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【Tokyo】Tsukiji, the world’s biggest fish and seafood market2015.08.07

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People come from all over to watch lively tuna auctions, buy fresh seafood and eat quality sushi.

The Tsukiji Market is a major attraction in central Tokyo, Chuo Ward. It is the world’s biggest wholesale fish and seafood market. It consists of the inner wholesale market for professionals and the outer retail market that anyone can visit. It handles more than 400 kinds of seafood under the supervision of the Tokyo Metropolitan Government.

In 1935, the market opened in Tsukiji, a reclaimed site along the Sumidagawa River and next to the Ginza shopping district. It also deals in fruits, vegetables and flowers. The area is bracing for major changes next year as the inner market will be relocated to the waterfront district of Toyosu in Koto Ward. The new market plans to open in November 2016. The outer market will remain in Tsukiji with the construction of a new facility.

One of the daily highlights in the market is the auction of top-rated tuna. Japan is by far the world’s largest consumer of tuna. However, it is not very easy for foreign tourists to see the trade. The market holds the auctions very early in the morning. The reception for the tours opens at 5 a.m. In addition, the number of the participants is limited to 120 per day. Every year, the first auction of bluefin tuna gets a lot of media attention as the premium fish often sells for astronomical prices then.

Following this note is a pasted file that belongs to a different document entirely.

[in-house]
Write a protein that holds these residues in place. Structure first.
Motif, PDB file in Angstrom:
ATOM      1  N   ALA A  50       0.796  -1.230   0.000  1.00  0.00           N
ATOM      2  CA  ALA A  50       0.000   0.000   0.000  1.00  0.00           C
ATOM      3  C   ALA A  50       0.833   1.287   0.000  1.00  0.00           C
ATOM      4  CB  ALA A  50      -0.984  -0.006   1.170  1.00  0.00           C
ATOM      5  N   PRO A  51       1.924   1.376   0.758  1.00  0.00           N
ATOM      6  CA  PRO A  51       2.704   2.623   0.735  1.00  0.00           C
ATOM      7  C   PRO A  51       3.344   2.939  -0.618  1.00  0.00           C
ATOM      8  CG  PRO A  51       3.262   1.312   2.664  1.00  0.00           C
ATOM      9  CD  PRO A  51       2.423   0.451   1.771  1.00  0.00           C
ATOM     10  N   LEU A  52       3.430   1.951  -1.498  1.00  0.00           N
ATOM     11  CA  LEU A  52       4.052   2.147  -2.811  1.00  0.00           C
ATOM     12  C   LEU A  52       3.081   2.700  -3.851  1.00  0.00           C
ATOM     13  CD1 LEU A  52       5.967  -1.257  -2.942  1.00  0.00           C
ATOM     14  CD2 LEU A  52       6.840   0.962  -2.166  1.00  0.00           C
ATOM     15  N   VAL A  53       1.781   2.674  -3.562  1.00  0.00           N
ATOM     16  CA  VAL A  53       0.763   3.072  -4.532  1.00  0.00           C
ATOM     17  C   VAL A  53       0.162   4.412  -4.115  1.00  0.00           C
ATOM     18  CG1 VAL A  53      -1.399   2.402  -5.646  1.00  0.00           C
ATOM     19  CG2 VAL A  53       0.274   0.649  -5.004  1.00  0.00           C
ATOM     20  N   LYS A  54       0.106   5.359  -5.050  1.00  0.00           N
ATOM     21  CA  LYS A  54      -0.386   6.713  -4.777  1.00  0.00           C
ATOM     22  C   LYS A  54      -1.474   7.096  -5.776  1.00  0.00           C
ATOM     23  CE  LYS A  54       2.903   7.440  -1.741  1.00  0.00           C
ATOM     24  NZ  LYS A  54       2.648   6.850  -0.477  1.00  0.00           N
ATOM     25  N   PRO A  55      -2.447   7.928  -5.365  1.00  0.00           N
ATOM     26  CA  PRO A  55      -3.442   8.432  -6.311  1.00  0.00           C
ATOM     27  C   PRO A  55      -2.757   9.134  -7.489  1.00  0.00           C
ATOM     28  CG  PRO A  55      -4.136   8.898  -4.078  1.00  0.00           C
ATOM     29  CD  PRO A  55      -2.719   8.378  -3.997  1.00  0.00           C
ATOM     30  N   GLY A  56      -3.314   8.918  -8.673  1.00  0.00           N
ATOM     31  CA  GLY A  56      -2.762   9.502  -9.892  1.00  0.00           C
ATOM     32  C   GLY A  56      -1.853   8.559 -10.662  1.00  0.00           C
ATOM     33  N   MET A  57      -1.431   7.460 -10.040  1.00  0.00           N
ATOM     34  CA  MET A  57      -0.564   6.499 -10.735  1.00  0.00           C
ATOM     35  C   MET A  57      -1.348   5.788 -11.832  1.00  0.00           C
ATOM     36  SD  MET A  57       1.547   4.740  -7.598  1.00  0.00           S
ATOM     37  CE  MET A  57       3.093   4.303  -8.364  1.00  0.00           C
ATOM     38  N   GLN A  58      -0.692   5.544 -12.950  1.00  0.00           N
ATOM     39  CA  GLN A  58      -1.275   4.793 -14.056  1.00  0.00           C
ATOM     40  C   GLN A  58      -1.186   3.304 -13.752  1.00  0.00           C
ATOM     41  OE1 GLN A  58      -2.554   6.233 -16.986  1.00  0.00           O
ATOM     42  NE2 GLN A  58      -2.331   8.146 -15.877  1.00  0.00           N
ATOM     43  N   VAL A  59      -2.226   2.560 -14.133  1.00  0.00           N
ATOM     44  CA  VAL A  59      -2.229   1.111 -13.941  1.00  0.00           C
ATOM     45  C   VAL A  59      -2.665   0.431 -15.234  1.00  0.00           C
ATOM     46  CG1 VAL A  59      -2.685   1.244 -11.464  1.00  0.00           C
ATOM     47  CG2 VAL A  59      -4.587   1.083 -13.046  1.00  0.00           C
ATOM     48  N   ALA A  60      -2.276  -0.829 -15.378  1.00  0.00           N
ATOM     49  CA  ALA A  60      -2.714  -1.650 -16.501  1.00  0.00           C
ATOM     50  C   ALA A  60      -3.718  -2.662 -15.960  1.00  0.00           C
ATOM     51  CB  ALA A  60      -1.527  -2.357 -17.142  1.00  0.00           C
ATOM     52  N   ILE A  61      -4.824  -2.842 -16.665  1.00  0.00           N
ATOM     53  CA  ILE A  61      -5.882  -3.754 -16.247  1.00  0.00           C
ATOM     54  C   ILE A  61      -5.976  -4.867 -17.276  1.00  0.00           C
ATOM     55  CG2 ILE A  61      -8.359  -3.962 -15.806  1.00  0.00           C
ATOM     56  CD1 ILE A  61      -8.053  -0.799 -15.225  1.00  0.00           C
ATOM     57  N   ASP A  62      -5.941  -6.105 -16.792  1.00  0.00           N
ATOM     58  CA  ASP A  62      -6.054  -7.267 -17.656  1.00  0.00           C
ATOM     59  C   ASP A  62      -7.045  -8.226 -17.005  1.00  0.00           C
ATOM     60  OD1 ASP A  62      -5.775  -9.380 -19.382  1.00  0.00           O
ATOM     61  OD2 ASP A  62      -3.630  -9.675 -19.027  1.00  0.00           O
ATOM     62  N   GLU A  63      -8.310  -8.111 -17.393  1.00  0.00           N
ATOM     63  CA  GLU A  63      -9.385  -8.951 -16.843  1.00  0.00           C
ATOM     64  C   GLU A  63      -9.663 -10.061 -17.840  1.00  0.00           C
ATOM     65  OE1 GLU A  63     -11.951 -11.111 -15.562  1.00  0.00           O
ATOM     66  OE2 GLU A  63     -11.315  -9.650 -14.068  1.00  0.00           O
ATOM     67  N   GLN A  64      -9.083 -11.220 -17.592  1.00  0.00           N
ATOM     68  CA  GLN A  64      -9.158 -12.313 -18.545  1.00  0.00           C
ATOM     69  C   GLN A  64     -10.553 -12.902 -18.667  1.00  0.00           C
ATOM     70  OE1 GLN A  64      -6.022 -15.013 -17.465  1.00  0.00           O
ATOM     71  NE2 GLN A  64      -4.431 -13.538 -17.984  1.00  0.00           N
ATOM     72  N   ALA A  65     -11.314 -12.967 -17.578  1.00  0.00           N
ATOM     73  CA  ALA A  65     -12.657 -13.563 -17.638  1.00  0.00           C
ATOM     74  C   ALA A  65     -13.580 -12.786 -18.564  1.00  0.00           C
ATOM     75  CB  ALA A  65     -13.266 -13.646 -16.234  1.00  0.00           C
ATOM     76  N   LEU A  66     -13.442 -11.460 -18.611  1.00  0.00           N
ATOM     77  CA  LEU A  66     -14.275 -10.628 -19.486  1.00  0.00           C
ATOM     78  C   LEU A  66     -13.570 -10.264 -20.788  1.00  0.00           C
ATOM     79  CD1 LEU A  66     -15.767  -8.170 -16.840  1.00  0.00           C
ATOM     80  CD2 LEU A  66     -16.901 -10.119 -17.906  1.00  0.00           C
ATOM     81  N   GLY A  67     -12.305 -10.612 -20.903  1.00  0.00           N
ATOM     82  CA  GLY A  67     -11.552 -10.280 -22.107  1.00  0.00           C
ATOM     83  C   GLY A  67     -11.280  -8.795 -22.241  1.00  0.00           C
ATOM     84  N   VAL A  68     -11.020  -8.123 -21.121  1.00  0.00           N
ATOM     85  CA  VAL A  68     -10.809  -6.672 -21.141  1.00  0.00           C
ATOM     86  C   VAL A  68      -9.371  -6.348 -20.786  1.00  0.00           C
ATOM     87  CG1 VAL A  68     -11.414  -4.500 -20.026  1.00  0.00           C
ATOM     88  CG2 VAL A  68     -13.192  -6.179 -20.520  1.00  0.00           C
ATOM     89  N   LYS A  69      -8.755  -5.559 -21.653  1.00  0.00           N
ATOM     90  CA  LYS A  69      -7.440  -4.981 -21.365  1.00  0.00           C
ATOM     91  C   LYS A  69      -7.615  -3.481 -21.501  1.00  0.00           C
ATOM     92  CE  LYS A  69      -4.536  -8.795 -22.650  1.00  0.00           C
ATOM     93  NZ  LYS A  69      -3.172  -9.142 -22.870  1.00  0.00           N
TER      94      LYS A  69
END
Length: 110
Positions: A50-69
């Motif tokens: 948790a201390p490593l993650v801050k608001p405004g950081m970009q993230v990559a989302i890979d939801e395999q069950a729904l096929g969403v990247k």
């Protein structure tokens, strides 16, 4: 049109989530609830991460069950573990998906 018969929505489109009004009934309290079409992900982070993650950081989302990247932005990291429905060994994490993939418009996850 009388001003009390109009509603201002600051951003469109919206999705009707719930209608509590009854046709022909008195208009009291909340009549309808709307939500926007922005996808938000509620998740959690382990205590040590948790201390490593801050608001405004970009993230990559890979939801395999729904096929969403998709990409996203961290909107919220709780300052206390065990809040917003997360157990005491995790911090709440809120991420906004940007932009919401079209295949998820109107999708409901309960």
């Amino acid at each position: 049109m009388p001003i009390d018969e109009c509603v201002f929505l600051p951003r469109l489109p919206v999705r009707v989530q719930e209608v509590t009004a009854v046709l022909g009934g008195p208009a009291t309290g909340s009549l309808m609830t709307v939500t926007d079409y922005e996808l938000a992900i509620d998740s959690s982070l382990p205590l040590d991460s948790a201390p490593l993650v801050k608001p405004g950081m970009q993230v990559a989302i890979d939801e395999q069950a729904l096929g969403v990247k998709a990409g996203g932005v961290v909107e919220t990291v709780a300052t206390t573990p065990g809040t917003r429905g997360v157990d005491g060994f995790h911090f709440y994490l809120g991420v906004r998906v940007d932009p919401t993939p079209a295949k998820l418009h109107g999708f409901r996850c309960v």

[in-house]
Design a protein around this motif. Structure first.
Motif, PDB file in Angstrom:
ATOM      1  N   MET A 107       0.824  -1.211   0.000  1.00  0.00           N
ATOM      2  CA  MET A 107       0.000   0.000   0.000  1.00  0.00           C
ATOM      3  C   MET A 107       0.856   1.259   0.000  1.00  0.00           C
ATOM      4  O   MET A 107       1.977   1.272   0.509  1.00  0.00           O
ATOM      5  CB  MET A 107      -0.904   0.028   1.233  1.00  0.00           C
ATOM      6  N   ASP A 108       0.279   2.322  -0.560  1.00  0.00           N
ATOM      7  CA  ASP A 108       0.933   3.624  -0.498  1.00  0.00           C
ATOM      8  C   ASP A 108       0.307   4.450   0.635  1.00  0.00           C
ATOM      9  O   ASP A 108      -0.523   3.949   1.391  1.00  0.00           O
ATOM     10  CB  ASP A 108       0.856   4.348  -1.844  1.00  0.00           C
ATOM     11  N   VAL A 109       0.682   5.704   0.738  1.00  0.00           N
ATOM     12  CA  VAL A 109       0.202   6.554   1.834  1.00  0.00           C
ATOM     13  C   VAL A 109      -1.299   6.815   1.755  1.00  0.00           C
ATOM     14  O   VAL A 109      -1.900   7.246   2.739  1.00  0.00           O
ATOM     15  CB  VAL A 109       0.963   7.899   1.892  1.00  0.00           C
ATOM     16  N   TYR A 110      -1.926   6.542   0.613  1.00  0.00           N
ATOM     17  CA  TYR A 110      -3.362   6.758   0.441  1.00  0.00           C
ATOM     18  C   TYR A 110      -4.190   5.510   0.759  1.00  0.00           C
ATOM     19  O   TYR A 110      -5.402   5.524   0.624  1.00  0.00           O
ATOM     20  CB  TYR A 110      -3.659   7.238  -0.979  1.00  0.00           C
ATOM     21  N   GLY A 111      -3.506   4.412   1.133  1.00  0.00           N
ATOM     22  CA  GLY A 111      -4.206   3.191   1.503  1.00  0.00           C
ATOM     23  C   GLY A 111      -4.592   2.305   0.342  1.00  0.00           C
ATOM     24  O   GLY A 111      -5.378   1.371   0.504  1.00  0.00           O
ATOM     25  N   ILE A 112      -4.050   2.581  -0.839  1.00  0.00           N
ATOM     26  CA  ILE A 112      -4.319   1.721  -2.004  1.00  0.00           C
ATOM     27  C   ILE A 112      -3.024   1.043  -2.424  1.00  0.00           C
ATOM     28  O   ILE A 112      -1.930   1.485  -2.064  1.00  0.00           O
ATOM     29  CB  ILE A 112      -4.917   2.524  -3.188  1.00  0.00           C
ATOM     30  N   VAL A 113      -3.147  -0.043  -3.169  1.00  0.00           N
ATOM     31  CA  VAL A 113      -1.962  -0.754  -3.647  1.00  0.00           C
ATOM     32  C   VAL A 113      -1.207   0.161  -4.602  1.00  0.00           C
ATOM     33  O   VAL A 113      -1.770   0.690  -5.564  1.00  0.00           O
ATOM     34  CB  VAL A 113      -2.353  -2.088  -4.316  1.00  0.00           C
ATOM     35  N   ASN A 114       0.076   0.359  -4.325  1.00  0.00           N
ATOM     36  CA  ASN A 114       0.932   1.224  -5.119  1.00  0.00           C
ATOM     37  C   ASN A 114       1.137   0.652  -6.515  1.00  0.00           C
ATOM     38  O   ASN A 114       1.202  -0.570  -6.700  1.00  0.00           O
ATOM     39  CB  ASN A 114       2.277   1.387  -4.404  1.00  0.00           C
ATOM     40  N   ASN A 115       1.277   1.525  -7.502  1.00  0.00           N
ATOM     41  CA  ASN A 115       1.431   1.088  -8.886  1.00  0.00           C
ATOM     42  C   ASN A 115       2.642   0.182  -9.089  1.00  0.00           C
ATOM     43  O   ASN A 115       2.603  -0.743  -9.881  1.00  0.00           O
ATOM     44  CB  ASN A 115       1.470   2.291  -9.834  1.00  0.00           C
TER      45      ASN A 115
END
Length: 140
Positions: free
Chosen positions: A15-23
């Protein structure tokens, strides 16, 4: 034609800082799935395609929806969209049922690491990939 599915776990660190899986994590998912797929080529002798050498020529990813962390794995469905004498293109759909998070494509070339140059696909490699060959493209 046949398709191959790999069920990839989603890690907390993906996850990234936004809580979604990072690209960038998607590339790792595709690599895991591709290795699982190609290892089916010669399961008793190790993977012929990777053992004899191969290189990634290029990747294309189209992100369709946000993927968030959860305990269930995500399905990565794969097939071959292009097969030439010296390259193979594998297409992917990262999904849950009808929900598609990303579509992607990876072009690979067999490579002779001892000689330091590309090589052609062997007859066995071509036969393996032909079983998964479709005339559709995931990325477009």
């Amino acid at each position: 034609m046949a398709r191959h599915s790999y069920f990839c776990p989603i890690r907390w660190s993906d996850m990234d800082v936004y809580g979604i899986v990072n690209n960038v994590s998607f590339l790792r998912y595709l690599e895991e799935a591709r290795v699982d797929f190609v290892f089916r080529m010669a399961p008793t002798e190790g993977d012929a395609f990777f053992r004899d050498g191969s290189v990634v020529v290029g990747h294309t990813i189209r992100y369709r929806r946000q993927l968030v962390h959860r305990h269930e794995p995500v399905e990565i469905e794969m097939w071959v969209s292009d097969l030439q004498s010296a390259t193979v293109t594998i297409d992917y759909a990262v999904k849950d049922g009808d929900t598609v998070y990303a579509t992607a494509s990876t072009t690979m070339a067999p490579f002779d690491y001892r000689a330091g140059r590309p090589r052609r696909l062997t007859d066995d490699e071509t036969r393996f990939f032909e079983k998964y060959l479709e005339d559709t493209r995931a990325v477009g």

Another big attraction is a bluefin tuna cutting demonstration by sushi restaurants and tuna shops in the outer market. Professional skills and special knives are required to cut the fish because of its huge size. A big one weighs as much as 300 kilograms. The experts use five to six kinds of knives with a blade length of 40 to 150 centimeters. The longer knife looks like a Japanese sword. It is usually a two-man job to fillet the massive fish, which takes about 10 minutes. Recently, the entertaining shows are also seen at various commercial facilities such as supermarkets, department stores and pachinko parlors.

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